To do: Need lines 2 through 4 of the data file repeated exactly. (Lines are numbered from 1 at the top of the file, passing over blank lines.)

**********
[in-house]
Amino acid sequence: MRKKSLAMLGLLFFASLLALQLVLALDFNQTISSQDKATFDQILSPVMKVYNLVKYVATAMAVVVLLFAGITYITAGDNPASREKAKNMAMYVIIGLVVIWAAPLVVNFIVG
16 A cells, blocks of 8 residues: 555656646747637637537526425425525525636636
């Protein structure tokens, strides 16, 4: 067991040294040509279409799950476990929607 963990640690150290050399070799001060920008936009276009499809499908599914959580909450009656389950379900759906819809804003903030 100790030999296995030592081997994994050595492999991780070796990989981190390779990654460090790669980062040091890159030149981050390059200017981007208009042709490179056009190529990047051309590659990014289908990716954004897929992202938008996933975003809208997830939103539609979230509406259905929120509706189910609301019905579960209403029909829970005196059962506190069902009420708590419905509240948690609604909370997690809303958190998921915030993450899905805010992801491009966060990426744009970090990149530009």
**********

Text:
Amino acid sequence: MRKKSLAMLGLLFFASLLALQLVLALDFNQTISSQDKATFDQILSPVMKVYNLVKYVATAMAVVVLLFAGITYITAGDNPASREKAKNMAMYVIIGLVVIWAAPLVVNFIVG
16 A cells, blocks of 8 residues: 555656646747637637537526425425525525636636
């Protein structure tokens, strides 16, 4: 067991040294040509279409799950476990929607 963990640690150290050399070799001060920008936009276009499809499908599914959580909450009656389950379900759906819809804003903030 100790030999296995030592081997994994050595492999991780070796990989981190390779990654460090790669980062040091890159030149981050390059200017981007208009042709490179056009190529990047051309590659990014289908990716954004897929992202938008996933975003809208997830939103539609979230509406259905929120509706189910609301019905579960209403029909829970005196059962506190069902009420708590419905509240948690609604909370997690809303958190998921915030993450899905805010992801491009966060990426744009970090990149530009």